Princeton's Tochihara Plays for Keeps
by Justin Feil | Special to Lacrosse Magazine Online
|After replacing Kaitlyn Perrelle as Princeton's
starting goalie for the final three games last year, Erin Tochihara
has seized the full-time job with a national-best .571 save
percentage for the No. 7 Tigers.|
© Beverly Schaefer
The music has stopped and Erin Tochihara is sitting alone.
The sophomore goalkeeper has emerged as the full-time starter from Princeton University's game of musical chairs.
"I don't know if I ever thought it would happen so quickly," Tochihara said. "I'm excited as a sophomore I get to contribute and play a major role for the team. It's exciting that it happened so quickly. I get to be on the field and make a difference."
Tochihara replaced Kaitlyn Perrelle as the Tigers starter for the final three games last year, including their NCAA tournament win over Vanderbilt and quarterfinal loss to Northwestern. The job, though, remained wide open for this season.
"We knew we had a couple good options in the cage," said Princeton head coach Chris Sailer. "I really thought we'd be playing both of them a little longer, and our freshman Jane Randall is good too.
"In our preseason and our trip to Australia, different keepers played well. We intended for the first couple games to give Toch and Kate a half each. Toch really asserted herself in her opportunities. She made it clear she was playing her best and that we should go with her. She is playing well and coming up with more saves than we've had in a while."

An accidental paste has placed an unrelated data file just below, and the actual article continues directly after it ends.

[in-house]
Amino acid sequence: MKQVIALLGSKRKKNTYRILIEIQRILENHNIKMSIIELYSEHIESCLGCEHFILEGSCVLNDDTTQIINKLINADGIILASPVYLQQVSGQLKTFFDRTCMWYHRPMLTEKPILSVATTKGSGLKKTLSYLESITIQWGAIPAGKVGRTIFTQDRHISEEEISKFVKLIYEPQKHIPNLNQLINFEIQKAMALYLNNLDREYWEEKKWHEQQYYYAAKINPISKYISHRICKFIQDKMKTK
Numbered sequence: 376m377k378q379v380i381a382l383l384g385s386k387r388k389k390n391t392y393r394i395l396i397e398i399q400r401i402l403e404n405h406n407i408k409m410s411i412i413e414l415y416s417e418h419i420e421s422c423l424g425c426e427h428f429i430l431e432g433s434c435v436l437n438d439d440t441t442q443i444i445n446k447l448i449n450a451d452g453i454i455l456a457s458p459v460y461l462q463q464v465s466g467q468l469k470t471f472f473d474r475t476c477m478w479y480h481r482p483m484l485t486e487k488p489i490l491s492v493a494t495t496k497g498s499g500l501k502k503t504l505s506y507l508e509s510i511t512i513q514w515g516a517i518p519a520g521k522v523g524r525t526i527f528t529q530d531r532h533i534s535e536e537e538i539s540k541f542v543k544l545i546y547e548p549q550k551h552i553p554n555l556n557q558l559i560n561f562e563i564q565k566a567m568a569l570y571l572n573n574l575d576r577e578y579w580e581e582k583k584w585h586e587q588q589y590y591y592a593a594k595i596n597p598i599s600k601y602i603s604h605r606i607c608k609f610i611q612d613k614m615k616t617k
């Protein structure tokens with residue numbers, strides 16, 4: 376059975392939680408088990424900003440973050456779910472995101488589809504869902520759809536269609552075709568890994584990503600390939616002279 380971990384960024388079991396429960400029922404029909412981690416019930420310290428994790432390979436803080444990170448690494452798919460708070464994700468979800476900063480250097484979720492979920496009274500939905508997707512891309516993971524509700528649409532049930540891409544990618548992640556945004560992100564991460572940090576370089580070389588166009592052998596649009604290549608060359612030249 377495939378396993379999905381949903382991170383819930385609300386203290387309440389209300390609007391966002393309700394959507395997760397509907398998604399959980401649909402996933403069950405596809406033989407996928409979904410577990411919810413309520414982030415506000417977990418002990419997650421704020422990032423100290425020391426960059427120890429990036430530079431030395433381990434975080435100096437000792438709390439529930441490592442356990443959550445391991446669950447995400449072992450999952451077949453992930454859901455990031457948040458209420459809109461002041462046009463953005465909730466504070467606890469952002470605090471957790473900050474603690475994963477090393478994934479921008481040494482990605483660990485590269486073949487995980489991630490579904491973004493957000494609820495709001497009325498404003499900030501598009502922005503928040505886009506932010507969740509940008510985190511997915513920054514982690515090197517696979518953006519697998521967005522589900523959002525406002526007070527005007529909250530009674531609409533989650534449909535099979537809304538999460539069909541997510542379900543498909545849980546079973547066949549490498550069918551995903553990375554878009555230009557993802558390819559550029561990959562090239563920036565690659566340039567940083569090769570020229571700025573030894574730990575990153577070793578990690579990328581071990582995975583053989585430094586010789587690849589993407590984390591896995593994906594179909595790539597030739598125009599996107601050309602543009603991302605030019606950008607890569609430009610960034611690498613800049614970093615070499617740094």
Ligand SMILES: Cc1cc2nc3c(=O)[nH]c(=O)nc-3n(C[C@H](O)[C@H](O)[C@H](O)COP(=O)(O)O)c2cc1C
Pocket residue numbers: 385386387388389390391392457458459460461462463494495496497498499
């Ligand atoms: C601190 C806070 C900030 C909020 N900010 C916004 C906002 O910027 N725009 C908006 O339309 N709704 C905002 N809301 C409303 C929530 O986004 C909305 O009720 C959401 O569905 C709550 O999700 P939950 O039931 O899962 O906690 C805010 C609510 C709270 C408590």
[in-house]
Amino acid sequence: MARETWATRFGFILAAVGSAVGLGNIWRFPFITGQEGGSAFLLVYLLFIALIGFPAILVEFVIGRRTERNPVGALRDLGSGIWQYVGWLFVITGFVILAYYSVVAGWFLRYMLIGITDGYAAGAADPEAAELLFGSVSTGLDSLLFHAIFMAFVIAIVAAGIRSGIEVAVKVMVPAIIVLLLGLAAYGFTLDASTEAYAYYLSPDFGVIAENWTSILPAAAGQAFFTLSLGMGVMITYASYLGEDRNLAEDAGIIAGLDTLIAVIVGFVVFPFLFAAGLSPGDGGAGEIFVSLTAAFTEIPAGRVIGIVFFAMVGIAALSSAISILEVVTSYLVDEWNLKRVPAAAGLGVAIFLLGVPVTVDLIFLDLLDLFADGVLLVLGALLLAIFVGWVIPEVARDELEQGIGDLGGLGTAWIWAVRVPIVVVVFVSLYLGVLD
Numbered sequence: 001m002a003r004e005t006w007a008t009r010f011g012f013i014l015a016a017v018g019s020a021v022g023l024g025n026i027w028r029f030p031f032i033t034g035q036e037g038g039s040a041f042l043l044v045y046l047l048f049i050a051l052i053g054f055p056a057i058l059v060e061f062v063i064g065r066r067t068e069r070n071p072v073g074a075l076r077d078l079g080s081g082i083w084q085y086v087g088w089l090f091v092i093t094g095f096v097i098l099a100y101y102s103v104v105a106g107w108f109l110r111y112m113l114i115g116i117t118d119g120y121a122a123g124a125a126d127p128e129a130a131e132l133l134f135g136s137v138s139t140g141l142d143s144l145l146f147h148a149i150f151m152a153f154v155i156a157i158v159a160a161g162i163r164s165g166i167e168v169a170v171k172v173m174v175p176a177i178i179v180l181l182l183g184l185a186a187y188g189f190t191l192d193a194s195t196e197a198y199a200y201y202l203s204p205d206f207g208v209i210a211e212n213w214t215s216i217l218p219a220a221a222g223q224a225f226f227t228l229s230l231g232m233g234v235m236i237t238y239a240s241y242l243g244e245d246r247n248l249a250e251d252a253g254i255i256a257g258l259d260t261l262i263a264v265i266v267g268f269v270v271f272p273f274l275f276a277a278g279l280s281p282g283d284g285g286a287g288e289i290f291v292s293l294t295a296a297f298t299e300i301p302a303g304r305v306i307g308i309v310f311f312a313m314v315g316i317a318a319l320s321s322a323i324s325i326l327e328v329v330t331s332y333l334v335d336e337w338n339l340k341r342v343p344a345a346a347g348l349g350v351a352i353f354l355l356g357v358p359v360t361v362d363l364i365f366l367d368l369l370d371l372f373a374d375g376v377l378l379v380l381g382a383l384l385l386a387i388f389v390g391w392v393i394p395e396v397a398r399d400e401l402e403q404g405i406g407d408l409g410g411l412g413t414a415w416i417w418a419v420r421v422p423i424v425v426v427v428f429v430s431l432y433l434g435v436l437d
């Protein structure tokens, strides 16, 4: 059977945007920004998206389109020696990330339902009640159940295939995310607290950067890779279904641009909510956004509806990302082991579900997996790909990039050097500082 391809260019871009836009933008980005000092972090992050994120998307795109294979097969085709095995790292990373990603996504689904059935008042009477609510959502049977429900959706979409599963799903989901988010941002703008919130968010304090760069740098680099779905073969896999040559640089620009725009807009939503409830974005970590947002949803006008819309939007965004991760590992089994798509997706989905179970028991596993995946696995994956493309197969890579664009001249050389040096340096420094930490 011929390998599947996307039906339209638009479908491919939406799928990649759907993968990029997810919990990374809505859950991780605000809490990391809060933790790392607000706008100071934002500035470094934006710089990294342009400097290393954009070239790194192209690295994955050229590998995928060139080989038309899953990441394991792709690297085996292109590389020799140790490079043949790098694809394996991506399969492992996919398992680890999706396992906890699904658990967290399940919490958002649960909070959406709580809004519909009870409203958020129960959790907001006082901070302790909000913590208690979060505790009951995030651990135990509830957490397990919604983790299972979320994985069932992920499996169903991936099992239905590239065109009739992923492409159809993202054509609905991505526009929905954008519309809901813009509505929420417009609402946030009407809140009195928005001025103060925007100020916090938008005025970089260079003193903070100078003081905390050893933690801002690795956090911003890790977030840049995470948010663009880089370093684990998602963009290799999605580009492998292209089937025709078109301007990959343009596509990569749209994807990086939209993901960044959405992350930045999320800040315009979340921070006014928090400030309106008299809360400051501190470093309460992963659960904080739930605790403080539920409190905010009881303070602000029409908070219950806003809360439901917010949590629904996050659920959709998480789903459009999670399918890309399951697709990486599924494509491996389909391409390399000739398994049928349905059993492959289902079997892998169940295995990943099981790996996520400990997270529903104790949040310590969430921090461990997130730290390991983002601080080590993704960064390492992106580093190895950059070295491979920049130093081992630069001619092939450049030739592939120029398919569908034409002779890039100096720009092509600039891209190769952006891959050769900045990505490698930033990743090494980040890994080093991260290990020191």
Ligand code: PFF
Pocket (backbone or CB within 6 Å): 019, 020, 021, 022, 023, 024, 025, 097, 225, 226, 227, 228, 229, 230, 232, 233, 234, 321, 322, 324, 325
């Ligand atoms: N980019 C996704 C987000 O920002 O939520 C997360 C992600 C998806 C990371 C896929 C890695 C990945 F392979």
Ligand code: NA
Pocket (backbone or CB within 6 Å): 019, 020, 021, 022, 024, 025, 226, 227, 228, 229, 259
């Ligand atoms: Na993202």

Tochihara saved 59.4 percent of the shots she faced in the first four games, including making a career-high 16 saves in a one-goal loss at Duke. She currently leads the country with a .571 save percentage after registering seven saves in the seventh-ranked Tigers' 15-8 win Saturday over 19th-ranked Cornell to open Ivy League play. She has been the Ivy League's Defensive Player of the Week the last two weeks.
"Toch is the goalie she is now because of both learning from the other goalies and the competitive everyday challenge," said Marie McKenna, the Tigers' All-American defender. "I definitely think that having her in there, having that reliability, has been a huge key for us. We've had many games where in the first five minutes, she's come up with four or five saves that have set the tone. You can't replace that really."
Tochihara was the missing piece for the Tigers (7-1). They have plenty of strength and experience returning across the field as well as an influx of impact freshmen.
"The goalie position has always been something up in the air," Tochihara said. "For now, it's solidified."
While she isn't the loudest player with her defense, Tochihara is more comfortable and more confident in her second year in the program.
"She's always been incredibly quick," McKenna said. "She has great reaction time. I think the big change is her consistency. She also is becoming a lot more of a leader."
Added Sailer: "She was always a goalie who could make big saves. Now she's making the easy ones too. She's holding her position well. She's seeing the ball better and not jumping in the cage. She's playing relaxed and confident. She doesn't let herself get rattled."
Assistant coach Amy Altig gets a lot of the credit for Tochihara's improvements. Before games, Tochihara has been visualizing the shots she will face. It has her so well prepared that in games it must appear to opponents that she can read their minds.
"The start of the season is going great," Tochihara said, "but it's where the season ends up that's more important. Hopefully the season will end well."
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